From here on, it becomes a race to the fort as the crooks attempt to deliver cattle of their own. All they have to do is get there by the delivery date. By now they have a Congressman from Washington in tow, and support for a while from a contingent of cavalry.

Though his cattle are clearly superior, and the post commander says so, it’s pretty clear that Lovell is up against it. There are too many cards stacked against him. A special commissioner is sent out from the War Department to force the post commander to take the crooks’ cattle. And if you’re waiting for some sudden turn of fortune at the end, forget it. Lovell gets “kangarooed.”

After 357 pages, your heart sinks when this happens. But Adams has one chapter yet to go. And while the bad guys remain free to roam this crooked world, both Lovell and Quirk have better days. Lovell buys a ranch for the unsold cattle and makes Quirk foreman. Back home, a Texas jury awards Lovell recompense for his losses. In the next few years, both men thrive. But for the reader, this upbeat denouement does not remove the bitterness of their defeat.

I know, that’s a long synopsis, but Adams has such a different agenda as a western novelist. It’s worth giving some time to how it plays out. He portrays the western way of doing business as more honorable because it is grounded in the character of honest men who are also men of good will.
(Continued)
http://buddiesinthesaddle.blogspot.com/ ... utlet.html
It's at http://www.gutenberg.org/ebooks/1987

The Outlet, part 2 http://buddiesinthesaddle.blogspot.com/ ... art-2.html

The Outlet, part 3 http://buddiesinthesaddle.blogspot.com/ ... art-3.html

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 Post subject: Re: Reading
PostPosted: Wed Apr 04, 2018 10:08 pm 
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This review is good, but like most of his reviews goes too far and almost tells the tale, if this opening perks your interest, read the book, then the complete review:
Quote:
Book: Chip of the Flying U
B. M. (Bertha Muzzy) Bower (1874-1940) is a pistol. Her first novel, Chip of the Flying U (1906) is craftily written, with one eye on her own authentic experience and the other on Owen Wister’s flights of romantic fantasy in The Virginian.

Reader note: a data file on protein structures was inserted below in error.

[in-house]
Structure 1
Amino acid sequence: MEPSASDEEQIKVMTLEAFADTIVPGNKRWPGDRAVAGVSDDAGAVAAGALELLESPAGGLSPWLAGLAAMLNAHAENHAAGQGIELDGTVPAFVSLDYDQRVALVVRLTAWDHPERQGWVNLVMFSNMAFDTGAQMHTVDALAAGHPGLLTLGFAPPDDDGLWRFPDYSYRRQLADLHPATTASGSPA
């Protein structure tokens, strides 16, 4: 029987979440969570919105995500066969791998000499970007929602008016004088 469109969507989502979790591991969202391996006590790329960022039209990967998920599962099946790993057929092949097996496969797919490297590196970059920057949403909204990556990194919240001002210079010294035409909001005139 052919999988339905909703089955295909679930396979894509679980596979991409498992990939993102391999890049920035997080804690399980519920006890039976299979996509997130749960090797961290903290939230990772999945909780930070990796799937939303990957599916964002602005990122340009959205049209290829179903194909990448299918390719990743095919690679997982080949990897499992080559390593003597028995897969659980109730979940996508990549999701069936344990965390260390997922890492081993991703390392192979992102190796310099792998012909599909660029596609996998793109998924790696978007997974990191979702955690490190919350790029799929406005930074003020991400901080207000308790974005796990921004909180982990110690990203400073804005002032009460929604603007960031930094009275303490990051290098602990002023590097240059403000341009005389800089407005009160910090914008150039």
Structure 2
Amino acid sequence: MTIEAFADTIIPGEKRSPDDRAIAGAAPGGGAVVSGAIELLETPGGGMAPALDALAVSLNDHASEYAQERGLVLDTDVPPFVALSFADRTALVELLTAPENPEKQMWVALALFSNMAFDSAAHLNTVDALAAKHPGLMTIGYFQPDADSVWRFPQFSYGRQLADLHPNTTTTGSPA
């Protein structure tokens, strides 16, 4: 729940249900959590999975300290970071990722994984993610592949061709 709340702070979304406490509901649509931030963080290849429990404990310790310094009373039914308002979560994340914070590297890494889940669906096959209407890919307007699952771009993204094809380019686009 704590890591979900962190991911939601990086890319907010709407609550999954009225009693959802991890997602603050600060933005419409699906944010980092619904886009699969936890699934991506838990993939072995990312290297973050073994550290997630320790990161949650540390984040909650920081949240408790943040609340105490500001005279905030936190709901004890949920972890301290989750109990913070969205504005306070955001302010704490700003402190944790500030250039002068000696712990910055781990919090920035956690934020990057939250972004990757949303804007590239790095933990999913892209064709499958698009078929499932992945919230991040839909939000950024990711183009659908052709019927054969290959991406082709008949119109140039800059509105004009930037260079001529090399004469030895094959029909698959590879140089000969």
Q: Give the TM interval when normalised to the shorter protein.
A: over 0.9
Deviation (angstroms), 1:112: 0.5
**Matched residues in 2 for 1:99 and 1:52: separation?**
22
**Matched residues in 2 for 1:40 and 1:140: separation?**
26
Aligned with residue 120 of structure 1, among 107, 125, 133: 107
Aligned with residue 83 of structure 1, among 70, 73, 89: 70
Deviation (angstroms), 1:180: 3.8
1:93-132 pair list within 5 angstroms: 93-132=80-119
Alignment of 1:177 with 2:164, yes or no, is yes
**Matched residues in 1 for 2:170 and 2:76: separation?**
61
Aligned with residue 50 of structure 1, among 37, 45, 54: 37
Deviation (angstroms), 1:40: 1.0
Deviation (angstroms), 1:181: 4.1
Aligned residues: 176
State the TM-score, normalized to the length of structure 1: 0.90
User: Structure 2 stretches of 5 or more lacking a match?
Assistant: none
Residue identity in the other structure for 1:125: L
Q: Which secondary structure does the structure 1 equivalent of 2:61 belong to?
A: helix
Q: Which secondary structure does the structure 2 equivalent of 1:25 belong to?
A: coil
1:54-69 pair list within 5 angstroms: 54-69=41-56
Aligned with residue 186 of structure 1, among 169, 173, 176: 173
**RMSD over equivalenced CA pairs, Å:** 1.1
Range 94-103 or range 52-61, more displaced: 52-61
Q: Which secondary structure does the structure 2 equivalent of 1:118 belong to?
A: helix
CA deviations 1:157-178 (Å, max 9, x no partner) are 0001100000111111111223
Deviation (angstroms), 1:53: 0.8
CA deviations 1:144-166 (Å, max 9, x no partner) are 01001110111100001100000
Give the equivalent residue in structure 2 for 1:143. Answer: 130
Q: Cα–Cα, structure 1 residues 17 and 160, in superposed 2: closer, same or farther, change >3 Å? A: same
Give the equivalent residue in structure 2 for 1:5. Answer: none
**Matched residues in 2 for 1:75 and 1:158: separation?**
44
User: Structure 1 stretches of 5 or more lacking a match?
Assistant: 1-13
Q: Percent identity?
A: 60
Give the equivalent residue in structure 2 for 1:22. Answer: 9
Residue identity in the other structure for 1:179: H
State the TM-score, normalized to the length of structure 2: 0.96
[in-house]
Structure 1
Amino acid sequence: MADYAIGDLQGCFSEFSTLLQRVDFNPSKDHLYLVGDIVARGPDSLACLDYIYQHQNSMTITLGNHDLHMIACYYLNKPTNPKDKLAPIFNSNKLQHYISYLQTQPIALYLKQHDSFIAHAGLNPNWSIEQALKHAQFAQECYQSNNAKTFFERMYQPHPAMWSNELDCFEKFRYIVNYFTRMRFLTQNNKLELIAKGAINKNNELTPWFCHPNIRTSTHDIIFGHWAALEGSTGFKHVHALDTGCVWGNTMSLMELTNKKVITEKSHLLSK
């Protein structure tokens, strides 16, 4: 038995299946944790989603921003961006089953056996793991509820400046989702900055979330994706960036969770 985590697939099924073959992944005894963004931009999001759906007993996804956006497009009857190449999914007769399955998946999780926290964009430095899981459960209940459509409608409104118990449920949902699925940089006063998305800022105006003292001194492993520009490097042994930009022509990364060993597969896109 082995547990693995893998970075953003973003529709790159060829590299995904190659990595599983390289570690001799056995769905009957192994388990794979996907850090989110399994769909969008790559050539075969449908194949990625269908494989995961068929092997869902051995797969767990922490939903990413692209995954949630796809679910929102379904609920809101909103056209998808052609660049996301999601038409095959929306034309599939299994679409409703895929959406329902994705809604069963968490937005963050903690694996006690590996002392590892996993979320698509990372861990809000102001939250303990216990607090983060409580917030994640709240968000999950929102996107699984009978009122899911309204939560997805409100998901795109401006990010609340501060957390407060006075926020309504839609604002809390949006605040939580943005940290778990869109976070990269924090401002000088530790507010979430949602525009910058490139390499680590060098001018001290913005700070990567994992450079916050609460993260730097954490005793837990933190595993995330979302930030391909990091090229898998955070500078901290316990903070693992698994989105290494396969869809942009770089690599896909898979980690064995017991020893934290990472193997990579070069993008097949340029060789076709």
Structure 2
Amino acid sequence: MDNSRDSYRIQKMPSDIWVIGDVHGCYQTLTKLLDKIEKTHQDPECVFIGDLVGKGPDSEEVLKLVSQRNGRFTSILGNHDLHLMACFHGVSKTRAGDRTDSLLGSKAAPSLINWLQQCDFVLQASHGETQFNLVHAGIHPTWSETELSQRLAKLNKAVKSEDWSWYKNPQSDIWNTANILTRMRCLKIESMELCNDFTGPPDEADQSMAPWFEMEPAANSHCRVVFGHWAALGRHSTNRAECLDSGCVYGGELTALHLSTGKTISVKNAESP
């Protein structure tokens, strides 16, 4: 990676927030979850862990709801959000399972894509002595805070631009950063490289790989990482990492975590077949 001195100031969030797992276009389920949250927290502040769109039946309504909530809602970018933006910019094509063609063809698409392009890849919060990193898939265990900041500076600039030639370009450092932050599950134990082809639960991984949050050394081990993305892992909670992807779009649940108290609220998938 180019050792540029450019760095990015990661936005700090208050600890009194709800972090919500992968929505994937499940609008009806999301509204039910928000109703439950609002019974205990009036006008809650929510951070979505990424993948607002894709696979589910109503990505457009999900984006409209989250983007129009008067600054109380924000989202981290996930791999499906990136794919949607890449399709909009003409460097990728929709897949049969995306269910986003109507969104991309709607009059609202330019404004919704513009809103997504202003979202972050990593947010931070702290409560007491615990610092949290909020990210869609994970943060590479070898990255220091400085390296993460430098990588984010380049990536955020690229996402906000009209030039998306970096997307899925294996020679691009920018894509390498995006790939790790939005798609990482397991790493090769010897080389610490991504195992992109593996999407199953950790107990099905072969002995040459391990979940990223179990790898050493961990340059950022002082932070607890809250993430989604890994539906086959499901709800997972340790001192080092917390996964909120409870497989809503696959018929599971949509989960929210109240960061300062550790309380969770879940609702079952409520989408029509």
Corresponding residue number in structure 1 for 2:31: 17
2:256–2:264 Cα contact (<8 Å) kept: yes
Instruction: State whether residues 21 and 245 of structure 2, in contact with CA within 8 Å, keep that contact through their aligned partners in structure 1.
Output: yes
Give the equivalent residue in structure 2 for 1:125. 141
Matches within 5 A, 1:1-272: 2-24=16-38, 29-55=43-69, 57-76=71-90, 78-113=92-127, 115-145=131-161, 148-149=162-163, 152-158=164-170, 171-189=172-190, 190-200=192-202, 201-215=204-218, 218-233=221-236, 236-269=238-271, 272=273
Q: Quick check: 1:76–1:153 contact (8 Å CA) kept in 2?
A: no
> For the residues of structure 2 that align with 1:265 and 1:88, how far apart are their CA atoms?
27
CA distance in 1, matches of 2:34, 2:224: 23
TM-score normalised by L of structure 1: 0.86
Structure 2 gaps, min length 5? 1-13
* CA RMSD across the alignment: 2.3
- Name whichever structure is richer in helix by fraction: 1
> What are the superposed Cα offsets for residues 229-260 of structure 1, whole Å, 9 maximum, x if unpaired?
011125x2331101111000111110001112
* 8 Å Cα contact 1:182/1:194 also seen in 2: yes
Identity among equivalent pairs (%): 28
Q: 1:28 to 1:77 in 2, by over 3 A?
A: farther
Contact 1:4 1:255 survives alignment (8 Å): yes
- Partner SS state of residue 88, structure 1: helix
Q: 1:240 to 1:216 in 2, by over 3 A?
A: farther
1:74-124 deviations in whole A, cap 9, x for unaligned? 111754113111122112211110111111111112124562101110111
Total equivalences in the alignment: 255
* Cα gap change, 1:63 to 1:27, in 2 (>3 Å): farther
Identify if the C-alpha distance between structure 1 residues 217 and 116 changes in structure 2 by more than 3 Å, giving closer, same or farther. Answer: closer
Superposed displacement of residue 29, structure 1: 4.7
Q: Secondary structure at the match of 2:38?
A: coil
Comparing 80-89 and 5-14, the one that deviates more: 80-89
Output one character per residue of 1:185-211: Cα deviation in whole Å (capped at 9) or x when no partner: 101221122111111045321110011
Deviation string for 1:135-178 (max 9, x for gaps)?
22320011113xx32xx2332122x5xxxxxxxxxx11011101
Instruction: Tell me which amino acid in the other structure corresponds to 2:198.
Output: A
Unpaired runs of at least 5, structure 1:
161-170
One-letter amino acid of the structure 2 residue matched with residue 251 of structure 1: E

You can tell that she knew ranching and cowpunchers from first-hand experience, living in Montana. The level of specifics is at least a couple degrees more closely observed than Clarence E. Mulford (Bar-20), who had to rely on the books he’d read and his imagination, writing at long distance from New York.

In an opening scene around the table where a half dozen cowboys are eating and talking, you know that Bower has seen and heard scenes like this maybe many times. How the men interact as they express their fears and prejudices about women is sketched in with broad strokes but accurately understood.

She has a great eye for details. When a man indulges his love of syrup poured over biscuits or pinches out the flame of a match after lighting a cigarette, her scenes leap to life. Likewise in the first pages, when a rider’s horse shies at the sight of a letter being waved in the air by another man.

And then there’s her description of the bunkhouse, from the misstep her heroine takes coming through the door to her realization that the men don’t sleep in bunks and do read magazines. These moments aren’t there to show off her writer’s credentials. They are almost throwaways, and you know there’s a whole lot more where they came from.

Later on, her main character Chip pitches a magazine across the room when the western story he’s reading gets the details wrong. “I’d put a bounty,” he says, “on all the darn fools that think they can write cowboy stories just because they rode past a round-up once, on a fast train” (pp. 198-199).

Unlike Mulford, whose cowboys are almost indistinguishable from each other, her men are drawn in clear profile. Yes, they are almost caricatures, but you realize that this is the way they see each other, as stereotypes. Bower understands that working men don’t care to know each other any more personally than that.

Sexual politics. Meanwhile, their stereotyping of women is also Bower’s way of raising the whole subject of sexual politics in the West. Della, the woman who arrives at the Flying U, is not a schoolmarm, a spinster, or a shrinking violet and “screamer” as the cowboys predict. She’s a trained physician, and she’s also a crack shot with a rifle, and not above shooting a coyote.